The Samaritans Radar app has had a disastrous launch: by initially refusing to allow individuals to opt out of being monitored and by responding badly to criticisms, the Samaritans have created a lot of bad feeling. The app is now working at a very large scale: the Samaritans report that after day 1 it was monitoring 900,000 Twitter feeds. Unfortunately, although allowing opt-outs is a big improvement, the way the app is being handled is still a mess and many people clearly don’t find the app’s monitoring acceptable. I will therefore argue that Samaritans Radar should be made opt-in only.
Monitoring public spaces
As I’ve said, I think that launching Samaritans Radar with no opt-out was inexcusable. An uproar was generated when the Samaritans initially refused to allow individuals to opt out and treated the public spaces of Twitter with what looked like distain: arguing that “All the data used in the app is public, so user privacy is not an issue”. While these online spaces are public, they are also valued by many and are covered by norms of acceptable behaviour. As Mark Brown notes, “For some, Twitter is the only place they have felt able to meet others with mental health difficulties and to be honest about their true feelings.” Online spaces are important.
The way the Samaritans behaved would be viewed as unacceptable in an offline public space. Imagine, for example, that I went into a busy local park and told users I’ll be monitoring what they do, storing records and alerts about their activity whether or not they like it – after all, everything they do in a public place is public. When people argue back, I tell them to think about issues of privacy in parks. This would not make me popular. At best, I think I’d be told to go away.
Not surprisingly, the Samaritans have received a lot of negative responses to their app launch and lot of people clearly view Samaritans Radar’s monitoring of public space unacceptable. I wouldn’t feel comfortable monitoring a public space after many people from the community had told me to stop, and I don’t think it’s appropriate for Samaritans Radar to continue monitoring Twitter after having had such a negative response. Changing the app to work on an opt-in basis – so that only those who want to be monitored are monitored – would be much more acceptable.
Opt-in and opt-out observation
I think that opt-out observation of public spaces can be acceptable in some circumstances, and when I was planning this post yesterday I was going to argue for Samaritans Radar’s work to just be made more overt. However, opt-out monitoring by Samaritans Radar isn’t acceptable now. When I was trying to defend the potentially benefits of an opt-out project – saying that an opt-in project would be smaller scale – @MLBrook pointed out that when I say smaller scale I “mean it might have included just those who actually consented”. This argument for an opt-in approach is persuasive for two reasons. Firstly, given the response the app’s launch has had, I don’t think that Samaritans can take the fact that users don’t opt out as implied consent for monitoring (indeed, some people object to the Samaritans storing their details on an opt-out list). Secondly, the project is scooping up a lot of sensitive personal data (it will be collecting more the longer it runs for) and this type of project needs very careful handling. However, as well as the problems at launch, the Samaritans Radar mess continues today. For example:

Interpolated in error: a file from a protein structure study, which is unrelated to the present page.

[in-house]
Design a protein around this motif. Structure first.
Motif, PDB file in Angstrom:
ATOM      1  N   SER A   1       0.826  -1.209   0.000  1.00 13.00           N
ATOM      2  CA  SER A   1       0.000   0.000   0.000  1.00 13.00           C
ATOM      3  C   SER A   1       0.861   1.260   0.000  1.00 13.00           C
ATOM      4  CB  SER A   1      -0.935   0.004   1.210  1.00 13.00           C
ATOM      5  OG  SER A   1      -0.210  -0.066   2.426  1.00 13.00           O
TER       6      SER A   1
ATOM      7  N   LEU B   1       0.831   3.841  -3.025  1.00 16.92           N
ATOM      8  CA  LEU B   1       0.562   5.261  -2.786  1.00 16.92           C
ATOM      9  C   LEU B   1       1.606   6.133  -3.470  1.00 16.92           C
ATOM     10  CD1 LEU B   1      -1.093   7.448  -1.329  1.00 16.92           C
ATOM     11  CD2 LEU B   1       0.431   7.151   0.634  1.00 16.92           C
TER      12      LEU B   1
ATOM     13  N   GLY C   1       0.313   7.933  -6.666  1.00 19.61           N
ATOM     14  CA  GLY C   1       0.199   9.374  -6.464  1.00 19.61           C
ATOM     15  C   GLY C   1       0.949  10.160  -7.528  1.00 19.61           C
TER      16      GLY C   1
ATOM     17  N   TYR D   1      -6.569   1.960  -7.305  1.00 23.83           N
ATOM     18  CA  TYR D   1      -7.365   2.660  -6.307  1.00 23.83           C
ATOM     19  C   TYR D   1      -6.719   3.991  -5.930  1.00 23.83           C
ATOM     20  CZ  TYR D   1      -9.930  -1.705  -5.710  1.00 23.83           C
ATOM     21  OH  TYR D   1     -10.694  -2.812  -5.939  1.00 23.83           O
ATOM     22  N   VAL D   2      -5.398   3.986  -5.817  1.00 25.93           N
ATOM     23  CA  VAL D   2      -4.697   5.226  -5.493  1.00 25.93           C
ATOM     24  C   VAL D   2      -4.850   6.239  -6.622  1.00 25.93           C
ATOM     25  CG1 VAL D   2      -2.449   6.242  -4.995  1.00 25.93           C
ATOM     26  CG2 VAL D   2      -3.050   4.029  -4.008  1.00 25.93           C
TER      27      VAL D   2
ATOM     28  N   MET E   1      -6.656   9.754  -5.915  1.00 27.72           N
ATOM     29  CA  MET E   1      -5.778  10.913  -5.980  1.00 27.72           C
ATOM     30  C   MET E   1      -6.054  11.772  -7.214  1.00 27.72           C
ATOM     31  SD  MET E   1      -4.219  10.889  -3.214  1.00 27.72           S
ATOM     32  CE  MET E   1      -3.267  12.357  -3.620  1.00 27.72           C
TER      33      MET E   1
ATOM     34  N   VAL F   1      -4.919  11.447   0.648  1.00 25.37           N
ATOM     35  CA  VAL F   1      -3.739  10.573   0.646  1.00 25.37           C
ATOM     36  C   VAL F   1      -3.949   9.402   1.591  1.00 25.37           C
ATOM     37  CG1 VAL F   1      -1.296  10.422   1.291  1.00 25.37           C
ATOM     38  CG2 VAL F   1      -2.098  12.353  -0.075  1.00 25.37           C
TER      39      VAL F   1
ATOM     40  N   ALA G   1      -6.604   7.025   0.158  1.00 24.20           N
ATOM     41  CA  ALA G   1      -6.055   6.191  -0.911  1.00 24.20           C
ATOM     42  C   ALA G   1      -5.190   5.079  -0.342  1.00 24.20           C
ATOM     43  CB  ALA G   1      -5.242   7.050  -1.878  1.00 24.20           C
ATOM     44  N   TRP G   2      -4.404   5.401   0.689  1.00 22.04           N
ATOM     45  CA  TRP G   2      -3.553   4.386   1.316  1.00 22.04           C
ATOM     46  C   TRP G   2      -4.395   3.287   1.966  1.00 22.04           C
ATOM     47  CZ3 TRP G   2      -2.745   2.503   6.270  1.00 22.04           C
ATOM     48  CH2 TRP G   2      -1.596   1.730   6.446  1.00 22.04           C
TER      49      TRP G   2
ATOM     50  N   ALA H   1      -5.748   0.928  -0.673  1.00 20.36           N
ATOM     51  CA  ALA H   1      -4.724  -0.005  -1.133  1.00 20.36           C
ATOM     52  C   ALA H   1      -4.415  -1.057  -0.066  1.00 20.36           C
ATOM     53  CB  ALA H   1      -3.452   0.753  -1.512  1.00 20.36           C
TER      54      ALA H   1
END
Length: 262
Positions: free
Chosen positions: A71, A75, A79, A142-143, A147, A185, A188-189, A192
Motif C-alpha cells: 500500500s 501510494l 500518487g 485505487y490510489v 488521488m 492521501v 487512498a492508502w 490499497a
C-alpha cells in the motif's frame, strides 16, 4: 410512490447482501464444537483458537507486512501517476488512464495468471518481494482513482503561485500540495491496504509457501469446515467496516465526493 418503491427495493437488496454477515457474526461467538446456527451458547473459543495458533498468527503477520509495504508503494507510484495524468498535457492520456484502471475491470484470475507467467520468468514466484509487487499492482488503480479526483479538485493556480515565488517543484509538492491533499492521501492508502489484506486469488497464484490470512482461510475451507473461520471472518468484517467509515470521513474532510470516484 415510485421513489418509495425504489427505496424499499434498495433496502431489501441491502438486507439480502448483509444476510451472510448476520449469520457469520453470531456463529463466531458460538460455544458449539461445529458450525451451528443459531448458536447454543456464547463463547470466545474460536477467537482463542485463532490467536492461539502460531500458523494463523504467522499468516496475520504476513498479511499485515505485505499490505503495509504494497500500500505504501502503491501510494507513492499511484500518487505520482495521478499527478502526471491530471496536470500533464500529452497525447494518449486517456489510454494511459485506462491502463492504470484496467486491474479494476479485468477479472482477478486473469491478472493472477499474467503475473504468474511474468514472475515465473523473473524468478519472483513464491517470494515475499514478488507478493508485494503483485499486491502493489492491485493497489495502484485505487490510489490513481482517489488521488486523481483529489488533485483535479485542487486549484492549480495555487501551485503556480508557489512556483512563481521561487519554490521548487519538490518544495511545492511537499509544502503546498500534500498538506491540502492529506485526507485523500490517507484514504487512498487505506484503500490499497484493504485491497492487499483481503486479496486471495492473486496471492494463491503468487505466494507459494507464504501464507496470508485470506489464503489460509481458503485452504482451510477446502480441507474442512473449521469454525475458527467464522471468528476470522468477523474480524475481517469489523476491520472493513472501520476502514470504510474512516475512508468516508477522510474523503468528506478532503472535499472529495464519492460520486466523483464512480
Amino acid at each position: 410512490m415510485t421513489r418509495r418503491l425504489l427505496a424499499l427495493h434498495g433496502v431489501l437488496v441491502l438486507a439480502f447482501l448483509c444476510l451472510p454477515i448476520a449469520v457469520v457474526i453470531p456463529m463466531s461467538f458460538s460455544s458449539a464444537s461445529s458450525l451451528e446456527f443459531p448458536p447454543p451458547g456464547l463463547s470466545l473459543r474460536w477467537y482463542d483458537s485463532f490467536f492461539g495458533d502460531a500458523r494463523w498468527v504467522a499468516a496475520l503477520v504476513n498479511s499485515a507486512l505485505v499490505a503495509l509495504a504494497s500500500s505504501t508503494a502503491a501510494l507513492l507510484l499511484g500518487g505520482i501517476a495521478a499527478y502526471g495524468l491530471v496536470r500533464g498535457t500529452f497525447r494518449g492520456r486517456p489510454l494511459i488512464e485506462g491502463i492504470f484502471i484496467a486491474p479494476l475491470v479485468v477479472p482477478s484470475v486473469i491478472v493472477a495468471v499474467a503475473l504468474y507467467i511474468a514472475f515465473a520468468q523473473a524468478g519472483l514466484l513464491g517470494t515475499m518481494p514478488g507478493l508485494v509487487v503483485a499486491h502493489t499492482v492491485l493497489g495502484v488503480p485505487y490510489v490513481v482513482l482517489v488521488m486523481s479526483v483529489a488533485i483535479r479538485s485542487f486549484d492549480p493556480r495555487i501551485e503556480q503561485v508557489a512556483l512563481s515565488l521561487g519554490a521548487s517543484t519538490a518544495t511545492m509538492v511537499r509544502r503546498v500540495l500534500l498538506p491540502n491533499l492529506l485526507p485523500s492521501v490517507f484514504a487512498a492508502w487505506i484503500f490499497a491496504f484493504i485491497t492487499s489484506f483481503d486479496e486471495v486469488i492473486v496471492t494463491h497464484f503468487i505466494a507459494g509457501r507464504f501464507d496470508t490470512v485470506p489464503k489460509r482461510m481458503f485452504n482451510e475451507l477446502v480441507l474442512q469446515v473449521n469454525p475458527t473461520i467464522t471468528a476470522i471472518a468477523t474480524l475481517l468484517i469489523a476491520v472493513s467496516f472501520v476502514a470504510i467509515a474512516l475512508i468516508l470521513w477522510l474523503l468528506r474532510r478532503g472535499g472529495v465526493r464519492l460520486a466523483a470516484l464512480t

@Endless_Psych reports that, after they sent a tweet to trigger Samaritans Radar, “Someone got a notification about the tweet. The next day.” The Samaritans have still not made clear whether opting out from Samaritans Radar will stop the app from monitoring my Twitter feed or stop the Samaritans from collecting, storing and analysing data from my feed.The Samaritans statement re the introduction of an opt-out for individuals says that the opt-out is for “individuals who would not like their Tweets to appear in Samaritans Radar alerts” but doesn’t offer further information about the impact of an opt-out on their data collection and processing. They have since stated that opting out does stop monitoring – and I appreciate the prompt response to my question – but this should have been made clear from the start.
- There is no clear way to report users who are abusing the app or get them blocked.
- Samaritans have claimed – repeatedly and incorrectly – that people who don’t follow them can DM to opt out.
Given how badly things have been handled so far, I think the best thing for both the Samaritans and those they are trying to help would be for Samaritans Radar to start out opt-in only and on a much smaller scale.
I’ve covered problems around the launch of Samaritans Radar here. I’m posting this after a long day – let me know if you spot any typos, if anything seems unclear or if I’ve missed out a link I should have included. I should also say that I think the Samaritans are generally a great organisation and I’m sure Samaritans Radar was launched with good intentions; this makes what has happened with the app all the more disappointing, though.
Update 31/10: @Endless_Psych has updated me that “they got the notification [from Samaritans Radar] about two or so hours after I posted but they were asleep”. I’ve also updated the post to add the point that it’s not clear whether opting out from Samaritans Radar will stop monitoring, data collection etc.
Update 2 31/10: @J5nnRussell has clarified that opting out stops Samaritans Radar from monitoring your tweets. Post updated to reflect this.
 Sorry, I’m a geographer – I like spatial metaphors. I also like footnotes.
 I’m not arguing that there’s a clear online/offline divide, but talking about online and offline spaces seemed the clearest way to express my point in this blog post.